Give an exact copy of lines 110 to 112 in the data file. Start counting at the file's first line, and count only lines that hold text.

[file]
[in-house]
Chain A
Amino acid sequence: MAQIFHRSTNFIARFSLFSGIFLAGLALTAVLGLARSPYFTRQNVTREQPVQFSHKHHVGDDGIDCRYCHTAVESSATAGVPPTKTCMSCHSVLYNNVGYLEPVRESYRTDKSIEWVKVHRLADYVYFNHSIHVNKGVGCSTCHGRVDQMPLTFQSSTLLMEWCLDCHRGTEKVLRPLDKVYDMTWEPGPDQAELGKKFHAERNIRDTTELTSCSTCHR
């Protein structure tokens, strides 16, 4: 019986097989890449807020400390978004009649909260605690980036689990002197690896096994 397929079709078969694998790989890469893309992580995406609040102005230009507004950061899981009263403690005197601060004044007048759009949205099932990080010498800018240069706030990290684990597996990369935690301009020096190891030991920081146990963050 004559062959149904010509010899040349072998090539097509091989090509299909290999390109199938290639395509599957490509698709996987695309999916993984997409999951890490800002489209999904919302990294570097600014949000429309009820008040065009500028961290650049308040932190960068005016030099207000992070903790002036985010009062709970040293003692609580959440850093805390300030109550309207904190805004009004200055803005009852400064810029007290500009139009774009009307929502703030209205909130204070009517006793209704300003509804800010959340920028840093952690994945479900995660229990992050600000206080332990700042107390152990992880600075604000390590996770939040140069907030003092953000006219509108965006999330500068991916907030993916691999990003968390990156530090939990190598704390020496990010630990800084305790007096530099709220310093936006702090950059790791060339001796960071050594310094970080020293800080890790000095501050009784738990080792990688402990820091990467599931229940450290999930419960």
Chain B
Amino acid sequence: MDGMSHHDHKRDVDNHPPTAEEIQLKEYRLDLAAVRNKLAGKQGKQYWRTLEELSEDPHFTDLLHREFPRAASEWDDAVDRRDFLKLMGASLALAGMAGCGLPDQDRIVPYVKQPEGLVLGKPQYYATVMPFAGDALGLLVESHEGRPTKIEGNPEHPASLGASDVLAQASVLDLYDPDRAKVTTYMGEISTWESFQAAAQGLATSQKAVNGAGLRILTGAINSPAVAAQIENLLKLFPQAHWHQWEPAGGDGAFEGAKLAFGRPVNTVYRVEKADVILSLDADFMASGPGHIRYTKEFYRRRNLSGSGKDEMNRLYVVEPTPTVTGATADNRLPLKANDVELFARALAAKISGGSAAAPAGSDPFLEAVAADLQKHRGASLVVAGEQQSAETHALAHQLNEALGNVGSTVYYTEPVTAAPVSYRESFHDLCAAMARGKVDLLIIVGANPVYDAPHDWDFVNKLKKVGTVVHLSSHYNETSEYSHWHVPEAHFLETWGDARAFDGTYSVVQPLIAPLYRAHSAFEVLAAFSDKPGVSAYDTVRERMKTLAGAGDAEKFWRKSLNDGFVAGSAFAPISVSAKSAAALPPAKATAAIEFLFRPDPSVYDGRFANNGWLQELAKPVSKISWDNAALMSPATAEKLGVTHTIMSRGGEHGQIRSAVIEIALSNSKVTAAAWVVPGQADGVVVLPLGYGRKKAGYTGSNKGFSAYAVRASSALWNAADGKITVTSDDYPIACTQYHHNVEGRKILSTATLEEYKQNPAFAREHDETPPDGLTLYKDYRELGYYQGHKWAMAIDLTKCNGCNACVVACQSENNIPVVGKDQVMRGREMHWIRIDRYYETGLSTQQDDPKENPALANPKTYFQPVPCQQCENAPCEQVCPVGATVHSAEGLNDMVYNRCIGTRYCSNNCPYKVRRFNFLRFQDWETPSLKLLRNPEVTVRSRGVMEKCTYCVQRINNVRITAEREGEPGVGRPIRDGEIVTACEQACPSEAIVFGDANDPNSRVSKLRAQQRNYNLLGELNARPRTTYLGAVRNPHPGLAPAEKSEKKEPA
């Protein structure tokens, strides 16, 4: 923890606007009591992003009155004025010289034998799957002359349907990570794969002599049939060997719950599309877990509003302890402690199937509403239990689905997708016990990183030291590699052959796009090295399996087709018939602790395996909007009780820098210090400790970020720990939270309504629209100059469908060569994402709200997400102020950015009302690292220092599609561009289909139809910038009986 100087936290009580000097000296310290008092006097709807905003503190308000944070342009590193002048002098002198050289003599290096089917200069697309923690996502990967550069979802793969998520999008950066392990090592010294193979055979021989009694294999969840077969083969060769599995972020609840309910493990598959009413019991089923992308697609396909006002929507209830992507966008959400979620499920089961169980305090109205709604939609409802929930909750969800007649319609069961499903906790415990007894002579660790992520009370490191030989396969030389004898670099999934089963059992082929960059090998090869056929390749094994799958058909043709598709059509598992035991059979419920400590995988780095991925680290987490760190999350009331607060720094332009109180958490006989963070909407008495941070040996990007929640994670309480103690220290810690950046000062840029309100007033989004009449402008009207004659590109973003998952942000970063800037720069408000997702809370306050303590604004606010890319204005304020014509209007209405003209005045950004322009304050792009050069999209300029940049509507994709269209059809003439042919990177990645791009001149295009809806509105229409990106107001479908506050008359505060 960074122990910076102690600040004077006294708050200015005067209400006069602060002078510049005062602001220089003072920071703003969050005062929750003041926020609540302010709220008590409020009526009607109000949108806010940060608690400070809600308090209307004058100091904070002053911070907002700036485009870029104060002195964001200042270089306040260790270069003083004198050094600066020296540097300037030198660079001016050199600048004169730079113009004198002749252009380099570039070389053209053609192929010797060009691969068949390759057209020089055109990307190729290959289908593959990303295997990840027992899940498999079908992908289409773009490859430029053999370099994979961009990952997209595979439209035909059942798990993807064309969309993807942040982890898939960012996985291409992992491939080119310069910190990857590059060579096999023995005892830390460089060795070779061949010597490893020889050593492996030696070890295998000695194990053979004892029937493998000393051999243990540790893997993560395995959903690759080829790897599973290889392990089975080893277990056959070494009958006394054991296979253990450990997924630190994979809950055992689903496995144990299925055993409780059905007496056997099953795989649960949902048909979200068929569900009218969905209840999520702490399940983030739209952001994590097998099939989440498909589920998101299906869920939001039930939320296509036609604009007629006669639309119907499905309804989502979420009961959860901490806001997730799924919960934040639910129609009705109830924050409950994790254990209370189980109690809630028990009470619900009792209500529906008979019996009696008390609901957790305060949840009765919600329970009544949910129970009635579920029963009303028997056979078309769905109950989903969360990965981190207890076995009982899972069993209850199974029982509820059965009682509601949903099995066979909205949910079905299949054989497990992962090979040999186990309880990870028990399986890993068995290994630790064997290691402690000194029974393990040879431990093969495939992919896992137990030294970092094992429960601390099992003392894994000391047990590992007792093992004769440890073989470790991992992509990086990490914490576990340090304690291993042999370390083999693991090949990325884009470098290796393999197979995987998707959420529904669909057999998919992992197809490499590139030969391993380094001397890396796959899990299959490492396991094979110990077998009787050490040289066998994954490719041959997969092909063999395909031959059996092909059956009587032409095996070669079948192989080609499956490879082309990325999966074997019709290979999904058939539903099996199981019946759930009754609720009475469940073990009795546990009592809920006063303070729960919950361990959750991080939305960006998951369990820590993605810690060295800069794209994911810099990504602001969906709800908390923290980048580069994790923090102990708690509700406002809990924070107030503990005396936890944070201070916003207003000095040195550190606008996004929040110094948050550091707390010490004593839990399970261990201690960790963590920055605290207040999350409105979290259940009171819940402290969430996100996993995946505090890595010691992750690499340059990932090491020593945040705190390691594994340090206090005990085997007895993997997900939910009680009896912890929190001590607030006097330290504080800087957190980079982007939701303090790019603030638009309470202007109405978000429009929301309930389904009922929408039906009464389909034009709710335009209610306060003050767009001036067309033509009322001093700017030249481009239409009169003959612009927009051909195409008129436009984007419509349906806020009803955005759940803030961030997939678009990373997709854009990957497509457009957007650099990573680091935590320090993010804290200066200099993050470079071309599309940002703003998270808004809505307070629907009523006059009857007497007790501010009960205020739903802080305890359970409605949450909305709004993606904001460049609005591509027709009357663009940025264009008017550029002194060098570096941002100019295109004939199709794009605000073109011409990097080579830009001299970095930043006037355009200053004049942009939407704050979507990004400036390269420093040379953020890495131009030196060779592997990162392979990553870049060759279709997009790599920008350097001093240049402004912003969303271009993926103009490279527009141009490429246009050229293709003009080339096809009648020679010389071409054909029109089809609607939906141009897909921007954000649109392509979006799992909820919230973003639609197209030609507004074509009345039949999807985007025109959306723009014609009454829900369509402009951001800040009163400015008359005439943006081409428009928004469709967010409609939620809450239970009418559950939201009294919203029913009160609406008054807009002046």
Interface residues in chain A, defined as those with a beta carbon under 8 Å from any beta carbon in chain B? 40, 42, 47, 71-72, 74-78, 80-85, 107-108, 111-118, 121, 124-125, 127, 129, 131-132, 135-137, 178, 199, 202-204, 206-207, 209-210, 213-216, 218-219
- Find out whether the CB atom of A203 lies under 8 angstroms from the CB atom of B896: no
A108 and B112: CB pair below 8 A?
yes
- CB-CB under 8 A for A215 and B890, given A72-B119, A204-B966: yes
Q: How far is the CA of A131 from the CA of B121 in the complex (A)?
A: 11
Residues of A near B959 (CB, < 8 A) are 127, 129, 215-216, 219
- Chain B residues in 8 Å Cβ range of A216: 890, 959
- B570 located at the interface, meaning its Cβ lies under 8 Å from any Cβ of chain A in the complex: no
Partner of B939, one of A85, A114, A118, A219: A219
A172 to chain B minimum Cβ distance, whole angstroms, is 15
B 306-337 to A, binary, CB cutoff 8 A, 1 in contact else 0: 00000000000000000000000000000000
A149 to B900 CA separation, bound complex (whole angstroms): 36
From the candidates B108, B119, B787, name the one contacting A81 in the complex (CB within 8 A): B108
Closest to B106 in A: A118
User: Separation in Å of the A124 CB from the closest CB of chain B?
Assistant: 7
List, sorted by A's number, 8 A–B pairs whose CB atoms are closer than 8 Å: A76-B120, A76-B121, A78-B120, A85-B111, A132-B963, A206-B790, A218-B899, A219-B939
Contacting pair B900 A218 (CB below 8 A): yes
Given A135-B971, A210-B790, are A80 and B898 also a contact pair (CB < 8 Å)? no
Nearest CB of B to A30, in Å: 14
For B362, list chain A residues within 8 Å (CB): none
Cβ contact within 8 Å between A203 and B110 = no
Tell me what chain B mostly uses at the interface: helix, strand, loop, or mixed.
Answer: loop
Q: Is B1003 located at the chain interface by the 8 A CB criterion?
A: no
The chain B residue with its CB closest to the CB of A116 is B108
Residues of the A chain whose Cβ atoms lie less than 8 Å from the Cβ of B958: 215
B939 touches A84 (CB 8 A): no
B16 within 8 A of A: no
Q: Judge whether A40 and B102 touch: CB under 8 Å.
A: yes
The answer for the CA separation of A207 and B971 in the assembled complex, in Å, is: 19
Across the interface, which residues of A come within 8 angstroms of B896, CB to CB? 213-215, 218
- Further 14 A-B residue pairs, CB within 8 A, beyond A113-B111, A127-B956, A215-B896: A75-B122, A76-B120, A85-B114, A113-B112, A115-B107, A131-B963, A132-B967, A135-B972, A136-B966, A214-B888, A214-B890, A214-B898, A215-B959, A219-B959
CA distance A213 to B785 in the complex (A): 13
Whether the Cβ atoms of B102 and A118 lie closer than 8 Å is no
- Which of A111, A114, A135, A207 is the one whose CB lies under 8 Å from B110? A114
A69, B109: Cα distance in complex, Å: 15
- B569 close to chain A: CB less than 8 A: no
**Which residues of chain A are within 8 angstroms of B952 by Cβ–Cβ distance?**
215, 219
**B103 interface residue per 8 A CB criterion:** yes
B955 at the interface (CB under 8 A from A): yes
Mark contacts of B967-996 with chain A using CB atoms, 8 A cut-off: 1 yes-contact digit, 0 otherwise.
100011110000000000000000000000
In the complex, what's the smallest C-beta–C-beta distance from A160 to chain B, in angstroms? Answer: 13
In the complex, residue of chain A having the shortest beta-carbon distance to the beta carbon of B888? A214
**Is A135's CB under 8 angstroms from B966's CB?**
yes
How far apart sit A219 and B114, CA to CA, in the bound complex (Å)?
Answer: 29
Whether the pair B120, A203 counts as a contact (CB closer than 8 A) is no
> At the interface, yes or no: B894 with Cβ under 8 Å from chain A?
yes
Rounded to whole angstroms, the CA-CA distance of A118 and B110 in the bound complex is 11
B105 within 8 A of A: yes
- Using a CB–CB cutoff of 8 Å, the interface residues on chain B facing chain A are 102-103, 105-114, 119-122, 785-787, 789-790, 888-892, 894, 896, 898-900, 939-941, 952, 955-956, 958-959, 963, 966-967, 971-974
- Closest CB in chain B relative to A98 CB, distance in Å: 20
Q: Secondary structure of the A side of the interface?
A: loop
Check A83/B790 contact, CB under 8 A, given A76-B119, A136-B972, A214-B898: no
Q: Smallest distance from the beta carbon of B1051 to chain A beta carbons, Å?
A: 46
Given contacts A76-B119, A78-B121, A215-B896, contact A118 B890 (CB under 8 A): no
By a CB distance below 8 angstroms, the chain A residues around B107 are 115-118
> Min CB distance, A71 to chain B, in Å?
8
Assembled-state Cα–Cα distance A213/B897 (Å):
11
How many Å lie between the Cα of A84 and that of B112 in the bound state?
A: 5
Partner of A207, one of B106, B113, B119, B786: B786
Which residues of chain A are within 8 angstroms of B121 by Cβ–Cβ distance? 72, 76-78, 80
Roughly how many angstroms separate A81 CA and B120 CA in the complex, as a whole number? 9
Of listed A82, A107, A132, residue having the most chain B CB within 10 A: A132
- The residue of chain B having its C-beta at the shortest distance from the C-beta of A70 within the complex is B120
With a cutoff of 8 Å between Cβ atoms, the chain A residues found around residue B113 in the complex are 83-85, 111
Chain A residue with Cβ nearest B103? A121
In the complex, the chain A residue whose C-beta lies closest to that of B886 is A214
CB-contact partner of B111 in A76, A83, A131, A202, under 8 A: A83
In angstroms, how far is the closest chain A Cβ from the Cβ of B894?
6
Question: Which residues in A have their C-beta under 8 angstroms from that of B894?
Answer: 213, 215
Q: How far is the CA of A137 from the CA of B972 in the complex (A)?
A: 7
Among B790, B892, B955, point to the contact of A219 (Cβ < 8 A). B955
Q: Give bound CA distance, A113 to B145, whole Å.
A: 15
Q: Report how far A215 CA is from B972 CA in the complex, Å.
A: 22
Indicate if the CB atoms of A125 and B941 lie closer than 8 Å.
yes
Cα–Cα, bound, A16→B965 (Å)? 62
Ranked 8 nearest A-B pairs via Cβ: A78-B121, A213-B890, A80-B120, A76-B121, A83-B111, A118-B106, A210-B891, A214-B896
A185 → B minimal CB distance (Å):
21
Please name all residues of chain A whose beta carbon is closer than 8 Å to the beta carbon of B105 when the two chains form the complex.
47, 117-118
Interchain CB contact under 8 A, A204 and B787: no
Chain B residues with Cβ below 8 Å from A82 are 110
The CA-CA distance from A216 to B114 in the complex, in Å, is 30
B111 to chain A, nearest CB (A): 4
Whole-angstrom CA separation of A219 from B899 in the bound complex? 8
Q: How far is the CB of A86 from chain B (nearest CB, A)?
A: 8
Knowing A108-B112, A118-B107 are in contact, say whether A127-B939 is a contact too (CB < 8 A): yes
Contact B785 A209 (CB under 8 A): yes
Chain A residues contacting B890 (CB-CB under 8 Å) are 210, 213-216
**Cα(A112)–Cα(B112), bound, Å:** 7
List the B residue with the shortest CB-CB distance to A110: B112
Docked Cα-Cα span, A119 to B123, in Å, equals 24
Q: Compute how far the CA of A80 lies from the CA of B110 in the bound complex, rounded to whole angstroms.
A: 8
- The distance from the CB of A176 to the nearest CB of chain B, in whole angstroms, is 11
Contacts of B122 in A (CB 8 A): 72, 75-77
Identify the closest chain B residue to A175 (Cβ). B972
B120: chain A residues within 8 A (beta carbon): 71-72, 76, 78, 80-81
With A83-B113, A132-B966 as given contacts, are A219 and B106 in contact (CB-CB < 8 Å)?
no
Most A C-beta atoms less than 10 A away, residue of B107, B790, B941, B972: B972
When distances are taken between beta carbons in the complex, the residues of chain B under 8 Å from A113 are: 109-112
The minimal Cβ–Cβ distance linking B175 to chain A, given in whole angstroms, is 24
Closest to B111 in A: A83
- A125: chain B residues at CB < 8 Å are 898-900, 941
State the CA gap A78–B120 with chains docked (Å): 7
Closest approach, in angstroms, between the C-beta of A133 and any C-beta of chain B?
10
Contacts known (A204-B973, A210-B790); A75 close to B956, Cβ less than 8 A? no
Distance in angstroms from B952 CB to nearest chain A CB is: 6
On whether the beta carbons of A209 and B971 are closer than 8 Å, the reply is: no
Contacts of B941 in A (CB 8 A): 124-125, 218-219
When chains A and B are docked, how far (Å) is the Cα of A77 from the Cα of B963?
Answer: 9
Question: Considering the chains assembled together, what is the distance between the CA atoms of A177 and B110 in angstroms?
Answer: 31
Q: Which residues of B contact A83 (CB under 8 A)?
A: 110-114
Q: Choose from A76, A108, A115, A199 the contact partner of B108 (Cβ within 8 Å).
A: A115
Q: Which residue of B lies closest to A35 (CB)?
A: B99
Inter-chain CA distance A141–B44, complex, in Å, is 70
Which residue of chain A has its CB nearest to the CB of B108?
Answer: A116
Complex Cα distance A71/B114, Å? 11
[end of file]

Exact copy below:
Interchain CB contact under 8 A, A204 and B787: no
Chain B residues with Cβ below 8 Å from A82 are 110
The CA-CA distance from A216 to B114 in the complex, in Å, is 30